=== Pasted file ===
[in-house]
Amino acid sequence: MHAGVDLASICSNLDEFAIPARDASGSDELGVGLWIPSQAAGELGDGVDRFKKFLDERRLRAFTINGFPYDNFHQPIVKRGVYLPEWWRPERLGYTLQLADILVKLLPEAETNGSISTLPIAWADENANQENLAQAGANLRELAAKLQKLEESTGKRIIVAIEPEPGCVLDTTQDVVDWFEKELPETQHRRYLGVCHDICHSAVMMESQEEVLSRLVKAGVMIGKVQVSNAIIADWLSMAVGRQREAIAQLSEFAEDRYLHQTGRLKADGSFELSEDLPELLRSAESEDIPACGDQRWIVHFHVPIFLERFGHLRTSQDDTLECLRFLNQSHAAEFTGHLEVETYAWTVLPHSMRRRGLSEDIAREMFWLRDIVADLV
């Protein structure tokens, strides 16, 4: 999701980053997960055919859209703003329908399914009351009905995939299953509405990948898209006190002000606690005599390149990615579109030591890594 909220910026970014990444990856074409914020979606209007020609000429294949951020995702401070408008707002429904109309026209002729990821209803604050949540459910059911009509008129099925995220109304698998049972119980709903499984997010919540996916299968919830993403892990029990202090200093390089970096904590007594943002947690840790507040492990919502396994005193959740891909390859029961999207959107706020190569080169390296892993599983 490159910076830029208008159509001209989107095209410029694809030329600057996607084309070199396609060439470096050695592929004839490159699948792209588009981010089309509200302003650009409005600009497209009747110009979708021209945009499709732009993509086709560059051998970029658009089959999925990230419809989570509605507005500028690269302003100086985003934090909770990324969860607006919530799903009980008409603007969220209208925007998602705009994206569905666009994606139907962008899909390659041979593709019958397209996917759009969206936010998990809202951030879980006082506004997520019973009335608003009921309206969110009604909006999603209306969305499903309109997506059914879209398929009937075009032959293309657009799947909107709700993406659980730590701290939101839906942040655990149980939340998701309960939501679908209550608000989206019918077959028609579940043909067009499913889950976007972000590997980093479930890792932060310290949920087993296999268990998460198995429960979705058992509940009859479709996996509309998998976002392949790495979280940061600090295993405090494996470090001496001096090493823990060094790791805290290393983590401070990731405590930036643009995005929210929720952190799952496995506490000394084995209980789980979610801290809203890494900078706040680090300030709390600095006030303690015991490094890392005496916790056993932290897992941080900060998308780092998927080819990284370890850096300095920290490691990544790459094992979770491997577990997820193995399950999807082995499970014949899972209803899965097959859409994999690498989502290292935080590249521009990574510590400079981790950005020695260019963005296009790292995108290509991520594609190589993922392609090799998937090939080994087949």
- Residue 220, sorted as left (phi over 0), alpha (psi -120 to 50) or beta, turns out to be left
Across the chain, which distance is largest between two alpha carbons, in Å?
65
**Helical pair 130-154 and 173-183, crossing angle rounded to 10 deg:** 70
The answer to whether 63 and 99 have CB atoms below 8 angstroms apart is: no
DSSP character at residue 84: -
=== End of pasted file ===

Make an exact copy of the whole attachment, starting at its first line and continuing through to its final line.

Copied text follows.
[in-house]
Amino acid sequence: MHAGVDLASICSNLDEFAIPARDASGSDELGVGLWIPSQAAGELGDGVDRFKKFLDERRLRAFTINGFPYDNFHQPIVKRGVYLPEWWRPERLGYTLQLADILVKLLPEAETNGSISTLPIAWADENANQENLAQAGANLRELAAKLQKLEESTGKRIIVAIEPEPGCVLDTTQDVVDWFEKELPETQHRRYLGVCHDICHSAVMMESQEEVLSRLVKAGVMIGKVQVSNAIIADWLSMAVGRQREAIAQLSEFAEDRYLHQTGRLKADGSFELSEDLPELLRSAESEDIPACGDQRWIVHFHVPIFLERFGHLRTSQDDTLECLRFLNQSHAAEFTGHLEVETYAWTVLPHSMRRRGLSEDIAREMFWLRDIVADLV
């Protein structure tokens, strides 16, 4: 999701980053997960055919859209703003329908399914009351009905995939299953509405990948898209006190002000606690005599390149990615579109030591890594 909220910026970014990444990856074409914020979606209007020609000429294949951020995702401070408008707002429904109309026209002729990821209803604050949540459910059911009509008129099925995220109304698998049972119980709903499984997010919540996916299968919830993403892990029990202090200093390089970096904590007594943002947690840790507040492990919502396994005193959740891909390859029961999207959107706020190569080169390296892993599983 490159910076830029208008159509001209989107095209410029694809030329600057996607084309070199396609060439470096050695592929004839490159699948792209588009981010089309509200302003650009409005600009497209009747110009979708021209945009499709732009993509086709560059051998970029658009089959999925990230419809989570509605507005500028690269302003100086985003934090909770990324969860607006919530799903009980008409603007969220209208925007998602705009994206569905666009994606139907962008899909390659041979593709019958397209996917759009969206936010998990809202951030879980006082506004997520019973009335608003009921309206969110009604909006999603209306969305499903309109997506059914879209398929009937075009032959293309657009799947909107709700993406659980730590701290939101839906942040655990149980939340998701309960939501679908209550608000989206019918077959028609579940043909067009499913889950976007972000590997980093479930890792932060310290949920087993296999268990998460198995429960979705058992509940009859479709996996509309998998976002392949790495979280940061600090295993405090494996470090001496001096090493823990060094790791805290290393983590401070990731405590930036643009995005929210929720952190799952496995506490000394084995209980789980979610801290809203890494900078706040680090300030709390600095006030303690015991490094890392005496916790056993932290897992941080900060998308780092998927080819990284370890850096300095920290490691990544790459094992979770491997577990997820193995399950999807082995499970014949899972209803899965097959859409994999690498989502290292935080590249521009990574510590400079981790950005020695260019963005296009790292995108290509991520594609190589993922392609090799998937090939080994087949």
- Residue 220, sorted as left (phi over 0), alpha (psi -120 to 50) or beta, turns out to be left
Across the chain, which distance is largest between two alpha carbons, in Å?
65
**Helical pair 130-154 and 173-183, crossing angle rounded to 10 deg:** 70
The answer to whether 63 and 99 have CB atoms below 8 angstroms apart is: no
DSSP character at residue 84: -